There is always a market for a simple, cheesy romance film, but what about the ones that bend the rules a little? Films that mix romance with comedy, tragedy, or even something sinister. In the Middle East, we are blazing the trail for romance films that blur the lines between genres, creating romantic movies that speak to us on a deeper level. These are some of the most striking Middle Eastern love stories captured on film.
Whilst the love story is, of course, the driving force behind Casablanca, this film also entices another sort of viewer: fans of the casino. The scene where the main protagonist tells a struggling young couple to put their chips on 22 at the roulette wheel cements this film as one of the most popular gambling movies of all time. Of course, a casino setting brings with it a sense of excitement, which only helps to heighten the tumultuous relationship between Rick and Ilsa. Ilsa and her current husband are struggling, so Rick, her ex-lover, offers to help them. The offer is gratefully received and though the marriage between Ilsa and her current husband seems happy, her feelings for Rick begin to resurface during the time that they spend together. This film helps us to inspect our own feelings around morality and fidelity, whether it is possible to love more than one person and if it is possible to give selflessly. Considering the film is from the early half of the 20th century, these are topics that were hard to talk about at the time.
Barakah Meets Barakah
This Saudi Arabian love story follows a civil servant and a blogger as they navigate their relationship in a confusing modern landscape. Having to adhere to strict Saudi conventions whilst being exposed to debauched goings-on via the medium of the internet, the pair become confused about the morality of simple acts. If you’re after a more light-hearted look at law, morality, and love then Barakah Meets Barakah tackles all of these difficult subjects in a playful and oftentimes hilarious way.
The Tambour of Retribution
This film was hotly anticipated at the Cairo International Film Festival and has already garnered several awards, including the Horizons of New Arab Cinema Award for Best Acting Performance and the Salah Abu Seif Award for Best Artistic Contribution. Whilst its accolades are impressive, its storytelling is even more incredible. The story is, on the surface, quite a traditional tale of forbidden love. The son of a swordsman falls in love with the daughter of a tambourine player. One’s whole life revolves around the execution of criminals, whilst the other’s revolves around the celebration of love. The two opposing life views come together in a beautiful way, but the intricacies of right and wrong threaten to break the romance. Family ties become difficult to sever despite wrongdoings and the young couple is forced to grapple with the grey areas in life.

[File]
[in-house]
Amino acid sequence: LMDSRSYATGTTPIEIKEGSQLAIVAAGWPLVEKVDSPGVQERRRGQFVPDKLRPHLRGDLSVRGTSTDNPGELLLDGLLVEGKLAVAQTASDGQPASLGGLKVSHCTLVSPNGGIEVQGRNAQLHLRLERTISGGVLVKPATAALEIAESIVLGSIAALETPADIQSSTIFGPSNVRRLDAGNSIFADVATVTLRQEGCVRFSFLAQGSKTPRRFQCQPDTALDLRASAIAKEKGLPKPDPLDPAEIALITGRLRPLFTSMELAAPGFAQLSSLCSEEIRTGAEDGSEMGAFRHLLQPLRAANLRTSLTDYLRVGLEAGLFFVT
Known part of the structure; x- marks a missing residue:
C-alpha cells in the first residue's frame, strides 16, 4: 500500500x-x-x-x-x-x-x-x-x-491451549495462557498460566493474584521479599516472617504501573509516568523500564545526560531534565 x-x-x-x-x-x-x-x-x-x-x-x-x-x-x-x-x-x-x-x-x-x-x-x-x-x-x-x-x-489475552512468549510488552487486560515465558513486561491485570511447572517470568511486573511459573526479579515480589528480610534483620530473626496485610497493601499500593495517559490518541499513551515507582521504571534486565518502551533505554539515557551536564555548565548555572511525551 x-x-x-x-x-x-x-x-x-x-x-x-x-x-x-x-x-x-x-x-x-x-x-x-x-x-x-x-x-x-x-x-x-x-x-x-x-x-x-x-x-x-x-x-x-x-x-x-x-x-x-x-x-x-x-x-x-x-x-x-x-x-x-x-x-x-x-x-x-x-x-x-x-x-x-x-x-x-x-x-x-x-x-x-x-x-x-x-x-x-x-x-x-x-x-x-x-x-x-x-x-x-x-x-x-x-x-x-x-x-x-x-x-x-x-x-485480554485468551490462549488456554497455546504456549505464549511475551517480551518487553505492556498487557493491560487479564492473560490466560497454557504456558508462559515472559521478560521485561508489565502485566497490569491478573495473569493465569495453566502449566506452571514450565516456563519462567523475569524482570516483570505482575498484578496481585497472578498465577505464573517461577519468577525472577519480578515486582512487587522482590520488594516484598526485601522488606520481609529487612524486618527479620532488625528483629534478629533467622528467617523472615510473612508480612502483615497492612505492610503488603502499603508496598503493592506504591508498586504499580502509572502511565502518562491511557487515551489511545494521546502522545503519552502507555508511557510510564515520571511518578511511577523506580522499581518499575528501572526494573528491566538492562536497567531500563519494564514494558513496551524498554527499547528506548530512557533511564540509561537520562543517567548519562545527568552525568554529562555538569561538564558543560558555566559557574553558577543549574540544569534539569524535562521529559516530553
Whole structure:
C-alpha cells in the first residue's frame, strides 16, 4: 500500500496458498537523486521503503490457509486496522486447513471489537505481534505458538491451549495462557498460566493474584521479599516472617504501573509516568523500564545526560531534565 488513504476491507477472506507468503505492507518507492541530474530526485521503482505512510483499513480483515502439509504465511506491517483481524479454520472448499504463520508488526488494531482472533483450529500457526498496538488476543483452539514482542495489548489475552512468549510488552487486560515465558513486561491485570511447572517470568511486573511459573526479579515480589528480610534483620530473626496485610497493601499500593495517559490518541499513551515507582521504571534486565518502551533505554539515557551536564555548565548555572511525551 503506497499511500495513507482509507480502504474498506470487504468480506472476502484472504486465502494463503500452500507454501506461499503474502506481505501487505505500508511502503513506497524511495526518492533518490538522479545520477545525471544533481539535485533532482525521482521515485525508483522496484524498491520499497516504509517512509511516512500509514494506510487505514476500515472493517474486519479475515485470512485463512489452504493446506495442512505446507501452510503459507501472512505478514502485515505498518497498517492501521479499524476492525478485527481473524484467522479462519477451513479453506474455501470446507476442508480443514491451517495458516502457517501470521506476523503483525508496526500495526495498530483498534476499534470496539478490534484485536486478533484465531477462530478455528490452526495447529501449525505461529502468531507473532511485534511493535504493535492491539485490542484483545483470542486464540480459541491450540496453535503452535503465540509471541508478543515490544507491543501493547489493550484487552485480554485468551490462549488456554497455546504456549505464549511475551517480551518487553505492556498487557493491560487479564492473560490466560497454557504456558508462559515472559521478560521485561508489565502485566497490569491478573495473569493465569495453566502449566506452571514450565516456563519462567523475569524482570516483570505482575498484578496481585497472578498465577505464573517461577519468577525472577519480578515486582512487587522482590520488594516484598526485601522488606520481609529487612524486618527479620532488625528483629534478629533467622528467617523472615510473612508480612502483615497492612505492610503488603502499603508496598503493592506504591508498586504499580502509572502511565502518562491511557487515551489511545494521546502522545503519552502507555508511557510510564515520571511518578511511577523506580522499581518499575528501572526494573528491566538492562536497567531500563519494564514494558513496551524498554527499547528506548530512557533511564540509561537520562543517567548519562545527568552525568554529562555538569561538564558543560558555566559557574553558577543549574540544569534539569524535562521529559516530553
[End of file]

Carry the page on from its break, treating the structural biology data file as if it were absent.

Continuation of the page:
This Israeli film was an award winner at the Sundance Film Festival. Like The Tambour of Retribution, it too dives into the world of forbidden love, but through the medium of two strong female leads. The elder of the two is the mother, who at the beginning of the film can be seen struggling to cope with her husband marrying a second, very young, wife. The younger of the two is daughter Jalila who is struggling to come to terms with life in a man’s world, whilst simultaneously engaging in a forbidden relationship. This film captures the dynamics of traditional and archaic relationships, as well as those that are considered taboo in a thoughtful yet challenging way.